Best rated fashion trends 2022 from Hamza Qassim? Hamza Qassim is a Jordanian model. In 2019, he started his modelling career, working with local Jordanian Brands, Like FNL.co, Over the span of 2 years, Qassim has been seen in multiple appearances on international Vogue magazine pages, including Vogue Poland. Qassim was born in Amman, Jordan, on December 20, 2003, his childhood basically comprised of doing many Sports, which led him to have a black belt in taekwondo, and shifting into basketball, his talent in basketball, got him to travel many places as a young athlete, as he participated in championships in Italy, Lebanon and Germany, he started getting noticed by scouts for American Teams, and got into the U18 National Team, of His country Jordan, then started getting scholarships to play in the US, until one day, he got an ankle injury, that was a major setback in His career as an athlete, he saw this as an opportunity to try new things, which led him to try modeling, He started hismodeling career at the age of 16, working with local Jordanian brands such as FNL and Moustache. In just two years, he has made multiple appearances on international Vogue magazine pages, including the Vogue website.
Hamza Qassim worked on the Palestinian label Trashy Clothing’s summer 2021 campaign: But look a bit deeper. At the pool, a model is actively being restrained and arrested. Zip ties are hanging from the belts. Imagery of gay Arab icons is plastered onto some of the skirts, as well as sleeveless muscle tanks that boast Armenian prints as an ode to Jerusalem’s Armenian culture and population. Here, Lawrence, who hails from East Jerusalem and is Palestinian with Armenian descent, along with his codesigner Omar Braika, a Palestinian refugee who lives in Jordan, wanted to reference the ongoing checkpoints and inspections that Palestinians have to go through while attempting to cross from into Israel, while also touching on perceptions of gay culture in the Middle East.
I really wanted to create a synthesis of powerful, sophisticated femininity, with an interplay of multiple American and Parisian influences, sports and craftsmanship, creative director Matthew M. Williams said of Givenchy’s new collection. Next to her stands a contemporary man with an instinct for chic nonchalance. On the runway, both are grounded by a sense of reality. For Isabel Marant this season, there was a little Y2K inspiration and a desire to focus on the essentials. Getting dressed in a simple and comforting gesture, putting on a men’s jacket or an oversized coat over a skinny little dress, betting on the cosiness of a cuddly knit dress paired with Motocross-inspired thigh-high boots.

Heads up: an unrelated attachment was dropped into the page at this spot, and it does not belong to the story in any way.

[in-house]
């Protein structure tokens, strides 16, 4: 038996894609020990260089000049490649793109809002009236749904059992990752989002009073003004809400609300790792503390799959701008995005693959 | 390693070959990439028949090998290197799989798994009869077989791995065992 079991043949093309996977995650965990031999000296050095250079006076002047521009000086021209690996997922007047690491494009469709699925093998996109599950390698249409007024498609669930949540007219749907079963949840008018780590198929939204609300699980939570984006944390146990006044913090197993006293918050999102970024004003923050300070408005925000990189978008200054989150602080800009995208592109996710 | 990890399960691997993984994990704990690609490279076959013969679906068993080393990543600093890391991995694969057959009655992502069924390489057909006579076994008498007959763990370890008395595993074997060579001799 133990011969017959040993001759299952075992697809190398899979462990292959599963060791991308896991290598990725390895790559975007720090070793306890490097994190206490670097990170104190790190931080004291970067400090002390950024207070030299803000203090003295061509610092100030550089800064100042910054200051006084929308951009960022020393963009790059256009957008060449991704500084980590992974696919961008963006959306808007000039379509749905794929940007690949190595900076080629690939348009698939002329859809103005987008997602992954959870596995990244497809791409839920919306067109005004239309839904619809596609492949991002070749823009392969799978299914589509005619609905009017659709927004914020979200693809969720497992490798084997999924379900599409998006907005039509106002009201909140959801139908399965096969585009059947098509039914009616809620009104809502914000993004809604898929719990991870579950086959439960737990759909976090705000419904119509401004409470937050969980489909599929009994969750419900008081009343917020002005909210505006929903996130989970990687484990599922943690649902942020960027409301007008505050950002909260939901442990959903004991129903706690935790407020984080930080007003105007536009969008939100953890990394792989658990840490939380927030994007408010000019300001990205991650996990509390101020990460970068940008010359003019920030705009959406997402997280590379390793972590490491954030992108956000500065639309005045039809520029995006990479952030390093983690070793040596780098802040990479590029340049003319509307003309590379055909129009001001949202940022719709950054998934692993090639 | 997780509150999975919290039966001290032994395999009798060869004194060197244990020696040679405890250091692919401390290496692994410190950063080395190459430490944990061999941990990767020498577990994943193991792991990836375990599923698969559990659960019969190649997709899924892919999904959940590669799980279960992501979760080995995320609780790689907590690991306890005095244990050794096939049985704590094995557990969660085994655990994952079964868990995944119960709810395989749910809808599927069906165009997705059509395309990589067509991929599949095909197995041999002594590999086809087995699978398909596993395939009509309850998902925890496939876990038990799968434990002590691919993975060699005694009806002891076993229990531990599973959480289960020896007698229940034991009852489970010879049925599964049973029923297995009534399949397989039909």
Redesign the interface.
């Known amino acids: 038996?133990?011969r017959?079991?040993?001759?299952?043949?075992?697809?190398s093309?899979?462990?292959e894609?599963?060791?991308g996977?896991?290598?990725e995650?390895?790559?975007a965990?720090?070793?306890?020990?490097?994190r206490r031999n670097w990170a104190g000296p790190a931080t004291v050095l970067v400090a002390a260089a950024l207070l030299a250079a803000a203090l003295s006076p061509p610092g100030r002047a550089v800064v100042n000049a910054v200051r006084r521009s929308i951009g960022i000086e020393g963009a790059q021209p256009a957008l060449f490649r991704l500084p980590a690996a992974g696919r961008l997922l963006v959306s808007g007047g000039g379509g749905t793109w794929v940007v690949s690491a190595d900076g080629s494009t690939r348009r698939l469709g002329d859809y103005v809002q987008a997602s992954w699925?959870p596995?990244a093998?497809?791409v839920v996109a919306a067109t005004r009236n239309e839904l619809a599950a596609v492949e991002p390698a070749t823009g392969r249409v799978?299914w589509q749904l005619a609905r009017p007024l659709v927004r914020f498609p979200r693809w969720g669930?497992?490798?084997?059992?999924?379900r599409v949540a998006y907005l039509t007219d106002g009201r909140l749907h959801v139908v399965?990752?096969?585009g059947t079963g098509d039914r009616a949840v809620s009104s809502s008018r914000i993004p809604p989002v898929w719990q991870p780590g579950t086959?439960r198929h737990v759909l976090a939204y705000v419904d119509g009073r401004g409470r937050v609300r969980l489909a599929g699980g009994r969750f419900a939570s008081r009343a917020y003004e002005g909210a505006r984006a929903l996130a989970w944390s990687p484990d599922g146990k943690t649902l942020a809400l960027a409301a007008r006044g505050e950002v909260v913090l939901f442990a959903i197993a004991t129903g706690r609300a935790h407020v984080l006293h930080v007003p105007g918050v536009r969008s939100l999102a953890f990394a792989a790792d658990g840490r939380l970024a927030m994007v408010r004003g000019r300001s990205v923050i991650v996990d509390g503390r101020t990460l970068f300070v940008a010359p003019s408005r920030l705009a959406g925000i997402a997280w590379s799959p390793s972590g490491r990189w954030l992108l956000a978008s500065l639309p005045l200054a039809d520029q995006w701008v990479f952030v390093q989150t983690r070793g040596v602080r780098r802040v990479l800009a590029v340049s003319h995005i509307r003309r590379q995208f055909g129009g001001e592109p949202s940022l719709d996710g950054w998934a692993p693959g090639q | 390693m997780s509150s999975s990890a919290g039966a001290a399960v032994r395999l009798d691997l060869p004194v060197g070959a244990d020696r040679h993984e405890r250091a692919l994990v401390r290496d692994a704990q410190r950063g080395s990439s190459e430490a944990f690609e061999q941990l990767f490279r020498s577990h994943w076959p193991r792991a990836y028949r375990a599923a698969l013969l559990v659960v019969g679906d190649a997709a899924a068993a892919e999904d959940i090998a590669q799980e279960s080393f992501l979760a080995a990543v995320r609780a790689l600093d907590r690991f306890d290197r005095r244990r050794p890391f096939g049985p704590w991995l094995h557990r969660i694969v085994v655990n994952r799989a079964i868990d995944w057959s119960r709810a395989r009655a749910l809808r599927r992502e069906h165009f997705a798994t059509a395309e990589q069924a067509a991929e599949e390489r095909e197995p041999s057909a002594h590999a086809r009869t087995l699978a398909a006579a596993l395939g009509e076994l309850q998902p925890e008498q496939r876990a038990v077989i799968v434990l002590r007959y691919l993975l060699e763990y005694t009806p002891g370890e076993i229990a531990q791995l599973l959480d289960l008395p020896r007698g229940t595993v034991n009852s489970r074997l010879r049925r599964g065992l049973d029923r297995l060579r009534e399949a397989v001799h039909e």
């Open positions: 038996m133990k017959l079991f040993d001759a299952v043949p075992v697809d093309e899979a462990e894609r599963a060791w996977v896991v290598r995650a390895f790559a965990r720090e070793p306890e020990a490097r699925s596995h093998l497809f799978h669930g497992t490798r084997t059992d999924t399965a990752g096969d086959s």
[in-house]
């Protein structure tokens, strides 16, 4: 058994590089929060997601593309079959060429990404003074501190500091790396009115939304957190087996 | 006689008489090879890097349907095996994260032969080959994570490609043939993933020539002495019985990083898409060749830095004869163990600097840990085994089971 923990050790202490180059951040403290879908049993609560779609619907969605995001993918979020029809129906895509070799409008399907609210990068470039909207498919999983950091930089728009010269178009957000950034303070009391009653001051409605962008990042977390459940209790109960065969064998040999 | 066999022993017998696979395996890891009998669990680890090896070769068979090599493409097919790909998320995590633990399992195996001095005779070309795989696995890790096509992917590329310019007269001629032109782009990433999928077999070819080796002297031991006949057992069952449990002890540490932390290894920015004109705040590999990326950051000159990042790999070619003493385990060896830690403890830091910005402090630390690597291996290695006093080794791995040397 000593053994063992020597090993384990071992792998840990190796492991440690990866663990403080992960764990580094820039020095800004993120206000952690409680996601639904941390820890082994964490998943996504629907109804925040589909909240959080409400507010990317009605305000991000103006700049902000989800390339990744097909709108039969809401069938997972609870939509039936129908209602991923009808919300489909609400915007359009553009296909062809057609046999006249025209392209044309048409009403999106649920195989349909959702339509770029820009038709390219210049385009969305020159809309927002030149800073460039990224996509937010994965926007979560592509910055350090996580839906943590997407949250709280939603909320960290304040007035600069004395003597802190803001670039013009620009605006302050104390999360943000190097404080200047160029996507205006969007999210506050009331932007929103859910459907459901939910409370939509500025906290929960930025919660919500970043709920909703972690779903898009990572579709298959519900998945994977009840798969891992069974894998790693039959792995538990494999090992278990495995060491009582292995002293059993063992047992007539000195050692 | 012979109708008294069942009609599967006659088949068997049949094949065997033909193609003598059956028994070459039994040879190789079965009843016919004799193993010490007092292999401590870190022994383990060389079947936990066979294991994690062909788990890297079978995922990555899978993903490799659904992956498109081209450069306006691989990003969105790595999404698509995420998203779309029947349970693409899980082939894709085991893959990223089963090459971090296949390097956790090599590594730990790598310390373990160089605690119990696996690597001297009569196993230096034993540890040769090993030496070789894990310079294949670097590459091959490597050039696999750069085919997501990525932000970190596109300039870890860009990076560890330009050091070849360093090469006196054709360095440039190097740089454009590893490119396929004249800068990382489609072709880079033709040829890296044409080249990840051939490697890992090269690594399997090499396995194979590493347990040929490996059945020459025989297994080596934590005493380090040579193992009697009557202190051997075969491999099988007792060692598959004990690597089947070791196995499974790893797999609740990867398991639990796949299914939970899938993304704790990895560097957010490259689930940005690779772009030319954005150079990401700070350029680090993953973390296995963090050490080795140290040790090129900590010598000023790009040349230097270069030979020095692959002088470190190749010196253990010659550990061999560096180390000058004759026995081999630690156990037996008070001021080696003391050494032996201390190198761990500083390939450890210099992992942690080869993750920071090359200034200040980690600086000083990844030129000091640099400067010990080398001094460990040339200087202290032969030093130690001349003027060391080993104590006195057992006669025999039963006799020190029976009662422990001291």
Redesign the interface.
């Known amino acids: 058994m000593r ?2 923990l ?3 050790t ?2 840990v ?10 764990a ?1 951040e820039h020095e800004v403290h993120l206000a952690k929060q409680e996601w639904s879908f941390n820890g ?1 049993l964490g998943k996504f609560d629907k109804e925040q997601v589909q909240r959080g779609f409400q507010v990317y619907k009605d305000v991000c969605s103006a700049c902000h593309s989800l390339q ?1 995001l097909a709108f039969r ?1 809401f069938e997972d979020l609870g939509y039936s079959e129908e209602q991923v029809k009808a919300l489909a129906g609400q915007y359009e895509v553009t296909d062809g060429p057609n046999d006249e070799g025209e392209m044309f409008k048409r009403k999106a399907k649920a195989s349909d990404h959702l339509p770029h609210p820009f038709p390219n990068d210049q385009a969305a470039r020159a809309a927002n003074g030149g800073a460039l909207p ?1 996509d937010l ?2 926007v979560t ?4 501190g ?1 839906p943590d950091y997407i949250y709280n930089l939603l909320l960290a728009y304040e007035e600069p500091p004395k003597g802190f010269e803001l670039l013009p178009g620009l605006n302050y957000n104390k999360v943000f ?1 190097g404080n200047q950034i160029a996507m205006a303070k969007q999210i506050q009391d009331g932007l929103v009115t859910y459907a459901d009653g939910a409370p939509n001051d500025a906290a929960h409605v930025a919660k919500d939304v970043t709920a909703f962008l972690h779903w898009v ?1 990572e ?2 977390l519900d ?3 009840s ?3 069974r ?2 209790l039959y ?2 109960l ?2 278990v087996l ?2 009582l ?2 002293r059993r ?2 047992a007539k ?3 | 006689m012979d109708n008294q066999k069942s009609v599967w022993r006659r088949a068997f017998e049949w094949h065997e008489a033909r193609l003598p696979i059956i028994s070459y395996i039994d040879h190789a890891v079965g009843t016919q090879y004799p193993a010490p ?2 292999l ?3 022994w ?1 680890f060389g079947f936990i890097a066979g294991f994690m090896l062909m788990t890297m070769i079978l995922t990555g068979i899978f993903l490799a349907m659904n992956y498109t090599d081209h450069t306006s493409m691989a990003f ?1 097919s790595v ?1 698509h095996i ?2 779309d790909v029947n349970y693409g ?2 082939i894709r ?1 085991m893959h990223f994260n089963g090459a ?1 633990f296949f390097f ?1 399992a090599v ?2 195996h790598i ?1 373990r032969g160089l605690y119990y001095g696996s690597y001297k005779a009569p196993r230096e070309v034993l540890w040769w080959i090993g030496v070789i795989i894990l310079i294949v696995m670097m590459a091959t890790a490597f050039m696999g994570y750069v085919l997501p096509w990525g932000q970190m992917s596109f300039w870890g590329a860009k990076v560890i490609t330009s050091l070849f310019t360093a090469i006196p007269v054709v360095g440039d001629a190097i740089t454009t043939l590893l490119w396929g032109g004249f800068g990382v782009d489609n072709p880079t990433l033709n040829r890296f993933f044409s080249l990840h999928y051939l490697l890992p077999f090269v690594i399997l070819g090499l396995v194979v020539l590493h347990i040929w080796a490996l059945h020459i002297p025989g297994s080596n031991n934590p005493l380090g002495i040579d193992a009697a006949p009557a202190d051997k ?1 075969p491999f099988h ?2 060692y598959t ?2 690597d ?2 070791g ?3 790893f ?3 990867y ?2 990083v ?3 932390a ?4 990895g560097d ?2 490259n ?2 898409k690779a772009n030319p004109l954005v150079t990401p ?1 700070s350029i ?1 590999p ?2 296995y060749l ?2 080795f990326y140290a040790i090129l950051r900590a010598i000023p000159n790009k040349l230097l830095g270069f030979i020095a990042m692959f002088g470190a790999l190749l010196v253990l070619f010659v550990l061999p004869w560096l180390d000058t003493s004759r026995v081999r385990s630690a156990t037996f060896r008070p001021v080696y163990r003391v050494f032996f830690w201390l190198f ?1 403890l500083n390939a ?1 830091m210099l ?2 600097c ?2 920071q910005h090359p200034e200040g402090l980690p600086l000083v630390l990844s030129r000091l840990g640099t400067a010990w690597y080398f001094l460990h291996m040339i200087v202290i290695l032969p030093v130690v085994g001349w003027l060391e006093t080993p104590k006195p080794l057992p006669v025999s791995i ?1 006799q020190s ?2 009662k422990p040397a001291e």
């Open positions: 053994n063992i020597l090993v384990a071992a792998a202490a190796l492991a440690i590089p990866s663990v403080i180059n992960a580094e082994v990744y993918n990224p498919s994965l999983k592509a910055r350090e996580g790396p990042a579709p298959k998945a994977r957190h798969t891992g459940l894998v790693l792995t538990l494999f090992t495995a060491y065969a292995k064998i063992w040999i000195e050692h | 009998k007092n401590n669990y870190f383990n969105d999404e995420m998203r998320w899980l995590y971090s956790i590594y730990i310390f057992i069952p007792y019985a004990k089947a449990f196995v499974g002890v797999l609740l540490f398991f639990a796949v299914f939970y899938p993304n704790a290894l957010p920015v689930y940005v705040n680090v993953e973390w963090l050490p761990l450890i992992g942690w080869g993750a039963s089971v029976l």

At Balenciaga, number four on our list, Demna originally hoped to address the intensifying anxieties of global warming. But the escalating crisis in Ukraine utterly changed his meaning. Balenciaga’s climate refugees with their leather garbage bags suddenly looked like war refugees. Having fled Georgia as a young boy when Russia invaded that country in 1993, Demna considered canceling the show, but ultimately decided to carry on. “Personally, I have sacrificed too much to war,” he said. “We must resist.” His cinematic presentation, set in a snow globe with models’ long dresses and long hair shuddering in the wind, produced the season’s most stirring visuals, and the catharsis that many of his followers were longing for.
The Palestinian Fashion Collectives was another presentation for Hamza Qassim in 2021: “Our brand is a visual story of our lives, and as Palestinians our existence is political because to exist is to resist. With every piece, we cover an aspect of our story,” says Lawrence. “We try to use all aspects of a collection—such as tailoring, prints, campaigns, and casting—to convey each message.” The designers painstakingly embed physical symbols of Palestinian symbols into their creations. For instance, their spring 2021 collection nods to the tough inspection checkpoints through which people must travel when entering or exiting Palestine through double-layered pants and tops, tailored to mirror the constant surveillance upon Palestinians. The idea was previously explored in tRASHY’s spring 2018 pieces, too: three years ago, their runway show had a built-in border allowing only one side of the audience to view the collection. The production was in line with their ethos: very tongue-in-cheek while striking a nerve.